Arnold Kling is making sense:
How did we get into this mess in the first place? We got here because financial executives took on mortgage credit risk without understanding what they were doing. Some of them were new to the business, like the high-flying Wall Street firms who entered the industry during the boom. Some of them thought they were insulated from risk, because of new derivative hedging instruments. Some of the executives never belonged in the business in the first place, including Dick Syron at Freddie Mac, who in 2003 took over a firm where there was lots of knowledge of mortgage credit risk and proceeded to flout the warnings of experienced middle managers and the Chief Risk Officer about the firm’s plunge into subprime lending. Congressional and Administration meddling in support of “affordable housing” played a role, and those folks are still around working on the latest legislation.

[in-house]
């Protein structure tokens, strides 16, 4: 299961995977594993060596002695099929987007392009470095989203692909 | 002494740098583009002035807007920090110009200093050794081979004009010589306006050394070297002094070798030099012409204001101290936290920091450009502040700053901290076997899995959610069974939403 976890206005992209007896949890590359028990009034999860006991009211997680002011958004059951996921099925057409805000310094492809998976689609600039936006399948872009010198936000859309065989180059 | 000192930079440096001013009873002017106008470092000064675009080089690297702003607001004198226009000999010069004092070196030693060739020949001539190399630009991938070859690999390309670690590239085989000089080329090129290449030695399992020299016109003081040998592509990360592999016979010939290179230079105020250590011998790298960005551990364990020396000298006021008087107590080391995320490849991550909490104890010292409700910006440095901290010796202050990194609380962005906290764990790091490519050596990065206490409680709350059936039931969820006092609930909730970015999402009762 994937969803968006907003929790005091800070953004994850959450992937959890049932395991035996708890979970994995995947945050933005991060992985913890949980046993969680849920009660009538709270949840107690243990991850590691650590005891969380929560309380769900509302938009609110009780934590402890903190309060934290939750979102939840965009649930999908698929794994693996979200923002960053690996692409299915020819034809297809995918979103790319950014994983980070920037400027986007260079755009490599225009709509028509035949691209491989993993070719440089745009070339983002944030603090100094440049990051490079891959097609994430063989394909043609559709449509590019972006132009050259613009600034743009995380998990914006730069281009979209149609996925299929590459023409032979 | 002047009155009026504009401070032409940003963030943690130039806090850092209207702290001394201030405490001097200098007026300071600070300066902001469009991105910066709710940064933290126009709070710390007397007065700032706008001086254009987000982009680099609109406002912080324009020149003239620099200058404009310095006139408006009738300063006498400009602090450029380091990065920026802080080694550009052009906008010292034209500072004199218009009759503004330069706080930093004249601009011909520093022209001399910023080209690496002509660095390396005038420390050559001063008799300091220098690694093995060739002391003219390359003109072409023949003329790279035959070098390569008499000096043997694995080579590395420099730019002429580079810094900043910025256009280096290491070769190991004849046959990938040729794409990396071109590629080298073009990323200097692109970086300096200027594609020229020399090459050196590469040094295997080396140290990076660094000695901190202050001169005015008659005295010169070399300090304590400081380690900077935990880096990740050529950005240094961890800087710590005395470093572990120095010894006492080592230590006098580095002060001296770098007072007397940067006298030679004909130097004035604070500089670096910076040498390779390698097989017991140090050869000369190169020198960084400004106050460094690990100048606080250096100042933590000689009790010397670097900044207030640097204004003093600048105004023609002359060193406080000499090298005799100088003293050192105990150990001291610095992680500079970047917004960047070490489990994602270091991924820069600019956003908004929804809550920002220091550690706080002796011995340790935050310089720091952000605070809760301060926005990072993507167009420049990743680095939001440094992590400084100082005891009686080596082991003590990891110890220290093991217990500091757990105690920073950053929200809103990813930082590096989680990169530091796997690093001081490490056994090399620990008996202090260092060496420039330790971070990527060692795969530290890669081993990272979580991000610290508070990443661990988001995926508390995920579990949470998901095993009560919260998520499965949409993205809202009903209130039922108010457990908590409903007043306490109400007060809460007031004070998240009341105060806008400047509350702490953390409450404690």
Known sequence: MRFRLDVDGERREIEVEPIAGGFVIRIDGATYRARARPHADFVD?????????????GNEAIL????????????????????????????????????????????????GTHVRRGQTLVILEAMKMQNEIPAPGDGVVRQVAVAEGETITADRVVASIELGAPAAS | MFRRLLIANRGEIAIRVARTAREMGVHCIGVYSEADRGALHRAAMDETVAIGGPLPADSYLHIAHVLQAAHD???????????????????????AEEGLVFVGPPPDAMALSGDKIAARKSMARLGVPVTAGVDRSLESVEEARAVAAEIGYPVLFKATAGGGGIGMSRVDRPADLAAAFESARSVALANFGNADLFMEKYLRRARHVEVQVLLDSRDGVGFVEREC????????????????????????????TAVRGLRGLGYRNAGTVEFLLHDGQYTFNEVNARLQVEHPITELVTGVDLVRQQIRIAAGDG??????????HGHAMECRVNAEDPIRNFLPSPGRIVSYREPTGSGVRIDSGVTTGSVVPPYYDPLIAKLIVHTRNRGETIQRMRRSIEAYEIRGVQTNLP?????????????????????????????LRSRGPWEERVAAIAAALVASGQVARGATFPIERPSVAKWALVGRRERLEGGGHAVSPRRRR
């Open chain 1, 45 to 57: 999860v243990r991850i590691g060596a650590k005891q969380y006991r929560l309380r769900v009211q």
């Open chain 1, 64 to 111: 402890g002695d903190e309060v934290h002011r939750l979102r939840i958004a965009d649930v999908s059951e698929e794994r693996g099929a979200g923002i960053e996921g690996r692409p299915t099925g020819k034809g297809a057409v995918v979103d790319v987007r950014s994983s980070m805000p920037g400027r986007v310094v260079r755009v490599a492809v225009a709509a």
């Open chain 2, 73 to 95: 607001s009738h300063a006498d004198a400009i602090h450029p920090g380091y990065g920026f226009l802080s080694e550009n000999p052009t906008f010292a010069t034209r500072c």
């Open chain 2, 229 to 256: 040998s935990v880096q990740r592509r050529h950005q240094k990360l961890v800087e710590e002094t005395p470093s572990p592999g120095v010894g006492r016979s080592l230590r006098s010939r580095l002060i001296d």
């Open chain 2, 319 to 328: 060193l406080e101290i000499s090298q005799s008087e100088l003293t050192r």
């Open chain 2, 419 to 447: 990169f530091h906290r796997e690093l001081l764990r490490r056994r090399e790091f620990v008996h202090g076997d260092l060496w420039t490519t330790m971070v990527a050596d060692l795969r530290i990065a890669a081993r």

I am wearing two hats in opposition to the bailout idea. One hat is my libertarian hat, which does not like the power grab. The other hat is the applied financial economics hat, which was my career in the late 1980′s and early 1990′s. Speaking from the latter point of view, I have to warn that nobody involved in the bailout proposal has sufficient knowledge of mortgage credit risk. They are like Dick Syron–in over their heads without realizing it. The last thing we need in the mortgage market is another large, inexperienced player.
No one, no one has said this will solve the problem. No one has said it will solve the major problem in housing and finance.
To answer James’ question, I would have to say that the proposed bailout is probably just stupendously terrible, but it could be incomparably wretched.